Following Trump’s interactions with European leaders, German Chancellor Angela Merkel declared that Germany can no longer depend on others for its economic and defense needs. [3] Trump has been a critic of the EU appears to be strengthening the organization despite his efforts. [4] America’s retreat from Europe creates a void that Germany and France (under pro-EU president Emmanuel Macron) seem eager to fill. Trump’s announcement that the US will withdraw from the Paris Accord was similarly met with statements from European leaders that they will not rely on the United States on fighting climate change. In addition, China reaffirmed its commitment to the Accord. Some speculate that China, once a leader in carbon emissions but now a leader in green energy technology, will gladly replace the United States as a major player on the global stage due to America’s loss of credibility on climate change and other issues. [5]

The net result of President Trump’s America First platform has been a deterioration of our relationship with Europe with no tangible benefits to the American people. On the other hand, polling does support the notion that the “America First” concept is popular: while so-called elites, including the wealthiest Americans, and members of the foreign policy establishment, believe in the importance of defending America’s allies through military means, the average American places far less importance on the issue. [6] However, I argue that all Americans benefit from a more interventionist approach to foreign policy issues in ways that are not immediately obvious.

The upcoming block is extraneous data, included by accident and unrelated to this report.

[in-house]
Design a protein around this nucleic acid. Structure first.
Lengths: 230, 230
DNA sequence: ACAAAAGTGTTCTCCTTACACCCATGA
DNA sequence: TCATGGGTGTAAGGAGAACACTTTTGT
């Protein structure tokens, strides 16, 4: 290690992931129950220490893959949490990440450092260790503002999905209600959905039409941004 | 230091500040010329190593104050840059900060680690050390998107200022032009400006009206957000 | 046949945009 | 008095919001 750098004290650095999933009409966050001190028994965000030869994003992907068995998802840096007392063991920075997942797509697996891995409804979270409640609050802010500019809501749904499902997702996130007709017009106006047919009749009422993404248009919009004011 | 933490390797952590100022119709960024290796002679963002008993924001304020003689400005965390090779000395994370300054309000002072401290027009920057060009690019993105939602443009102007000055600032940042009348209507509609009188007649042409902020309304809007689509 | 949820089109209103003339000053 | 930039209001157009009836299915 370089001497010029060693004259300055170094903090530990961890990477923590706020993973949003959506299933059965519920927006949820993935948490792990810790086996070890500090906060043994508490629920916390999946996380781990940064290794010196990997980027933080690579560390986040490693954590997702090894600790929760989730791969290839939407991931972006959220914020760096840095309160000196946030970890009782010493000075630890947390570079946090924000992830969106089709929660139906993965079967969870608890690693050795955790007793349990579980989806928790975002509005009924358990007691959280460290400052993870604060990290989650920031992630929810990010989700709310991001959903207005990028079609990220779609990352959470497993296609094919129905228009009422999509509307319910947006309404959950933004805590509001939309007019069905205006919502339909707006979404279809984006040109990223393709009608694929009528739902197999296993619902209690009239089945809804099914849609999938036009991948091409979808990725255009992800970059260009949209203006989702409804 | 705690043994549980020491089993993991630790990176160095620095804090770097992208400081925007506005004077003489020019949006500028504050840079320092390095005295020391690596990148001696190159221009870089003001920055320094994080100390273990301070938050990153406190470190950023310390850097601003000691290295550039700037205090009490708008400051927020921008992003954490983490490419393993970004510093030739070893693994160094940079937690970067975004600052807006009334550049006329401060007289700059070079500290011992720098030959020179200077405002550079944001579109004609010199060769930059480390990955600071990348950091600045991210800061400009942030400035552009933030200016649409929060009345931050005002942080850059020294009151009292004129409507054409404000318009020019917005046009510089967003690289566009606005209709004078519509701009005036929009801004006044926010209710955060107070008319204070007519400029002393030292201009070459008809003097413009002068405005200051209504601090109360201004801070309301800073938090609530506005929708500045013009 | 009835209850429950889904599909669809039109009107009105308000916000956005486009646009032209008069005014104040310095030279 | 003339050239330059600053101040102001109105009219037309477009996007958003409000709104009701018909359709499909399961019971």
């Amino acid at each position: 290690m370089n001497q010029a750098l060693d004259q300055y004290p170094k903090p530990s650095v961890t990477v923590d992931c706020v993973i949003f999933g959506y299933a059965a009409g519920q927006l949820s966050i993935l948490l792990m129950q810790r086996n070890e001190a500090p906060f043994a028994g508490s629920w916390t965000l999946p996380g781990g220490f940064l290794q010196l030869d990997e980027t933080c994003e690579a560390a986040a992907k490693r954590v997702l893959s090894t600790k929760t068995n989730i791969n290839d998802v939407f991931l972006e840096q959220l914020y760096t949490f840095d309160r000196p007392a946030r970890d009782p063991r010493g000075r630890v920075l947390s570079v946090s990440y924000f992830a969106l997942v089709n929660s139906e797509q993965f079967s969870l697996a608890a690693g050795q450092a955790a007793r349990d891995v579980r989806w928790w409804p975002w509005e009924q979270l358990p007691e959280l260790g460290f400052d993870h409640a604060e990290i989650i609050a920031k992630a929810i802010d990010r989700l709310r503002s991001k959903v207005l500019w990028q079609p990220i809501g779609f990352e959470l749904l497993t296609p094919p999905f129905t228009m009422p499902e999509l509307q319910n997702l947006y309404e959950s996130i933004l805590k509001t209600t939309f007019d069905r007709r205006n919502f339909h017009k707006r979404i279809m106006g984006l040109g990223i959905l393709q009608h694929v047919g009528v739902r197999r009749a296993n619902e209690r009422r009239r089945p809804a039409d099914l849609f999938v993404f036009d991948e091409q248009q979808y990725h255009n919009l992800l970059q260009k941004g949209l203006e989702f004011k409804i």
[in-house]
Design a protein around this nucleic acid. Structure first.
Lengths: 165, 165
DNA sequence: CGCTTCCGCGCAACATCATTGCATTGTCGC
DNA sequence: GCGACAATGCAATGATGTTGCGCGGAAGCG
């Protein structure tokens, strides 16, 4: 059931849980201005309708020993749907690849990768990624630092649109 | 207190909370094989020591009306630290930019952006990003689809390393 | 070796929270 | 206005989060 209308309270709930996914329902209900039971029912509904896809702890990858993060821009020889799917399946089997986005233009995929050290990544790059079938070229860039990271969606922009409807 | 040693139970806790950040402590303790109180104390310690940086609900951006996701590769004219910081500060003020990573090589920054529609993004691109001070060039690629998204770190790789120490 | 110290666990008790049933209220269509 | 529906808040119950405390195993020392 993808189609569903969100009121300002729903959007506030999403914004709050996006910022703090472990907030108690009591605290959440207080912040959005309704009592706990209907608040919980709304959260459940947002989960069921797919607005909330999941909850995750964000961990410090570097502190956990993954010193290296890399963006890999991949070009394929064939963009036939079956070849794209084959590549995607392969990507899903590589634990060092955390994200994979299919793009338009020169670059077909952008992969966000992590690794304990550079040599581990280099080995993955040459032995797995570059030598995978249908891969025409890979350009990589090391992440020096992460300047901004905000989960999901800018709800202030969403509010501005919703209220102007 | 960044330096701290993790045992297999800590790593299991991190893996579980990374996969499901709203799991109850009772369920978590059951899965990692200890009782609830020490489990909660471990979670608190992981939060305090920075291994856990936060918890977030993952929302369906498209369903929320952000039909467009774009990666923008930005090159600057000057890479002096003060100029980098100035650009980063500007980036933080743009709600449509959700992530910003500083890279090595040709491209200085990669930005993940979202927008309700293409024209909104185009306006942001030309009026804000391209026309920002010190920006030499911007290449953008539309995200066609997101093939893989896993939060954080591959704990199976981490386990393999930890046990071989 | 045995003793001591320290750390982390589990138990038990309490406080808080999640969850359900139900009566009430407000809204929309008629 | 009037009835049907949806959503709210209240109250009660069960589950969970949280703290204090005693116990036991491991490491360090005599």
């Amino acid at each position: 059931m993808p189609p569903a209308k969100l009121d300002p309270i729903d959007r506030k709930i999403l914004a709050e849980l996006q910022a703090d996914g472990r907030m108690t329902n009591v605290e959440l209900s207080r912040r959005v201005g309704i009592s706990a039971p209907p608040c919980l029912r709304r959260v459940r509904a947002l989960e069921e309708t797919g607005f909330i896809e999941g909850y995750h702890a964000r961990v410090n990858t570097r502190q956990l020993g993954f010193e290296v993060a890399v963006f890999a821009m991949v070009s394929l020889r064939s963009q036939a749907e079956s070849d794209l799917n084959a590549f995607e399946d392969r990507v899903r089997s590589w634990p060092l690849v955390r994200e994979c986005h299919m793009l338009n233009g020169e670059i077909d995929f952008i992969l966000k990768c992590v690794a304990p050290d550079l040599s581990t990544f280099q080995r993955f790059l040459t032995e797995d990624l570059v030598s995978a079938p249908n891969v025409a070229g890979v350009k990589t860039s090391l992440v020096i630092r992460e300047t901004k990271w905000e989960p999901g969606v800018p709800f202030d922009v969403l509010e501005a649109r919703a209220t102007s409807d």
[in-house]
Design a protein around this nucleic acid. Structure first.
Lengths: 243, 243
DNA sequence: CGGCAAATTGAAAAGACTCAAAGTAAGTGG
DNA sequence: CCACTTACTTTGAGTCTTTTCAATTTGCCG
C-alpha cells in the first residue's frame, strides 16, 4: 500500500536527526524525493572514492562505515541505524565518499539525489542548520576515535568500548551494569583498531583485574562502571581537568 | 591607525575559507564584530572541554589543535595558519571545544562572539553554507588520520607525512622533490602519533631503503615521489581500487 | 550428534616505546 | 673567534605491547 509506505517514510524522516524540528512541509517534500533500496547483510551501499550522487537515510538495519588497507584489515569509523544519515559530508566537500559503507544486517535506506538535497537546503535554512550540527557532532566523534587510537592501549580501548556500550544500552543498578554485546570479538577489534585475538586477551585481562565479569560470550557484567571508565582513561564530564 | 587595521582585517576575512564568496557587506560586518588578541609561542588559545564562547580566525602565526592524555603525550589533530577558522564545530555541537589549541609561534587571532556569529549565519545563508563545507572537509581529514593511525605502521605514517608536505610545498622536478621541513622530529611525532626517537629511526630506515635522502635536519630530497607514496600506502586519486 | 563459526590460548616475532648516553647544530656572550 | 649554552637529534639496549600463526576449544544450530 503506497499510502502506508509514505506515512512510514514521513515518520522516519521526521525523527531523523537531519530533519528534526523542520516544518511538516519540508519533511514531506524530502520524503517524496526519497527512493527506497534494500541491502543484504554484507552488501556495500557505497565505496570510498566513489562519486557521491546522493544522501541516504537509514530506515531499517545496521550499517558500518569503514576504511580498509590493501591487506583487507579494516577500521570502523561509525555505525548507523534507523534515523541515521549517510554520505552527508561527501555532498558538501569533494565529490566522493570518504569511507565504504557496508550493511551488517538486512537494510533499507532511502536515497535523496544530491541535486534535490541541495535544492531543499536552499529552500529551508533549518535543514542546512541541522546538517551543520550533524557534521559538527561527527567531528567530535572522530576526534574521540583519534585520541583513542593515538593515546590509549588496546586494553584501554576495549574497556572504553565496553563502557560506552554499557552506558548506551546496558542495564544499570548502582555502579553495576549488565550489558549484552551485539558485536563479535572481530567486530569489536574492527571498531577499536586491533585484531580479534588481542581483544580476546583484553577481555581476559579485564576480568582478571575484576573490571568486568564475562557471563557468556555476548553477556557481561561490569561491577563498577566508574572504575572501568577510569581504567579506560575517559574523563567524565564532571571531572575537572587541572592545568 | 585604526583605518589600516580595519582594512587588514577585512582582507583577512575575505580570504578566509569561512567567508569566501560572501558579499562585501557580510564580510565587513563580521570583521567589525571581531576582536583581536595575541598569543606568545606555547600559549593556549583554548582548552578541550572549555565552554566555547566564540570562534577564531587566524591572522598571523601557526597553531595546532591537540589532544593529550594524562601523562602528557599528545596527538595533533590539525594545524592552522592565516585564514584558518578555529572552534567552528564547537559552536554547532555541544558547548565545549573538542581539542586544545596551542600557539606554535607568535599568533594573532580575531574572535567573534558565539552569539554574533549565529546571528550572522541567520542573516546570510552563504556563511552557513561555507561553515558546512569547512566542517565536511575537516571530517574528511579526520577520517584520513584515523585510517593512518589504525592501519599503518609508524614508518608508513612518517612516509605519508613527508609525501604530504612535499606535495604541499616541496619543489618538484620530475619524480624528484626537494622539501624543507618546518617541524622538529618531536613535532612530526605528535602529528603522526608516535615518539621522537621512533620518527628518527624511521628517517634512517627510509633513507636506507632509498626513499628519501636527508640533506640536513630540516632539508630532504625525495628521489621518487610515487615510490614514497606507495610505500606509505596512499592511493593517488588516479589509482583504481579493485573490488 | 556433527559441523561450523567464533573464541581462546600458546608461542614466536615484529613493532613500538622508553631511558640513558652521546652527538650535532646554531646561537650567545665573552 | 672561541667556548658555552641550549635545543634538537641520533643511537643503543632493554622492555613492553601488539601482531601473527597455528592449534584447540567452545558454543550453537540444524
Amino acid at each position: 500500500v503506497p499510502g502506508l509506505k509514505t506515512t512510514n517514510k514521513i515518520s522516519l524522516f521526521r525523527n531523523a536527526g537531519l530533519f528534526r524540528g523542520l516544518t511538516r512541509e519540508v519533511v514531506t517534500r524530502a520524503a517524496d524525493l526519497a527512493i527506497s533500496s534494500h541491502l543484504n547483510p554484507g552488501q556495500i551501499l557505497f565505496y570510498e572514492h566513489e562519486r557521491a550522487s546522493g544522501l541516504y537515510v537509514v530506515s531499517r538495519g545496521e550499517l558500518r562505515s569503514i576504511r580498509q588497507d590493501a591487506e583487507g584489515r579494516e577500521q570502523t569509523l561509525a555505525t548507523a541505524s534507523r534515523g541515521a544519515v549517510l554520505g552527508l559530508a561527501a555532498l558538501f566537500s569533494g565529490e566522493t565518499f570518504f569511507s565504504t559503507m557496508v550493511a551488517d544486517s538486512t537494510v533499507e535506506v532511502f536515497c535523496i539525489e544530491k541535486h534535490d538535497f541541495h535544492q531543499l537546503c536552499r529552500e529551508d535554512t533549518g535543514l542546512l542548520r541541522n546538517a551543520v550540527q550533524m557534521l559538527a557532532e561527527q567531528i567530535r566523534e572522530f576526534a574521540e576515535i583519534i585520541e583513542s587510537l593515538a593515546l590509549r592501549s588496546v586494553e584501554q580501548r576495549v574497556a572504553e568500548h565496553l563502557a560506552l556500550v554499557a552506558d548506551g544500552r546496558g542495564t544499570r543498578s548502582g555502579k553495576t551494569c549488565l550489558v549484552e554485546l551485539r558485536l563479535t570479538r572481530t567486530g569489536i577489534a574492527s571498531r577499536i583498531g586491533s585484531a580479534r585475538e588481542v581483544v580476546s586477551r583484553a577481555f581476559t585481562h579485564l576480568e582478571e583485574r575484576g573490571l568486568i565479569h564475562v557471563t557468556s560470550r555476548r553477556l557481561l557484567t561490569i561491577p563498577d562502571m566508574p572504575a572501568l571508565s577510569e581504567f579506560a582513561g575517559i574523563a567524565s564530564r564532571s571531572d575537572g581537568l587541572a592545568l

America is unique in that the devastating wars of the 20th century were largely fought abroad; America’s economy, infrastructure and populace were spared the devastation experienced by other combatants such as the UK, Germany, Japan, China, and the USSR. Indeed, America benefited during and after the war through its economic and military support of our allies, and America has been known as the “Leader of the Free World” ever since. Today, Russia is an expansionist power, China postures for a greater role in Pacific politics, and both nations spend lavishly on their military. ISIS and other terrorist groups conduct attacks inside the US and our European allies despite losing the war in their territory. Climate change threatens everyone, and could result in economic devastation and increased conflict as a result. It is not the time for America to retreat from the global stage; rather, we must maintain our position as a leader, strengthen our commitment to Europe, and, as a symbol,  reverse the ill-informed decisions of President Trump on climate change at the soonest available opportunity.


[1] Edel, H. B. (2017, May 29). The End of History Is the Birth of Tragedy. Retrieved from

[2] Golino, L. (2017, May 31). America First Also Means Europe First. Retrieved from

[3] Cole, J. (2017, May 29). Germany: We Europeans must Depend on Selves, not Trump’s USA. Retrieved from

[4] Heilbrunn, J. (2017, May 28). Is Trump Pushing Merkel to Create A German Superpower? Retrieved from

[5] Knopman, D., Lempert, R. J., Fischbach, J. R., & Preston, B. L. (2017, June 02). The Big Bet: Withdrawing from the Paris Climate Agreement. Retrieved from

[6] Preble, C. A. (2017, May 31). America’s Transatlantic Relationship Is Overrated. Retrieved from




Anthony Fitch is a Policy Corner for PVNN. He obtained a BA in Government and Rhetoric at the University of Texas in Austin. He also obtained an MA in English at the University of Texas in San Antonio with a focus on Post-Colonial Studies. His areas of interest are international relations, U.S. foreign policy, and defense. Anthony is a proponent of regional and transnational cooperative bodies for promoting peace and mutual prosperity among member nations. He also advocates for human rights issues as they relate to America's interactions with allies, partners and rivals on the global stage. Domestically, Anthony aims to promote civil discourse and intellectual honesty in our discussions of policy issues, and opposes the hyper-partisanship of American politics in general.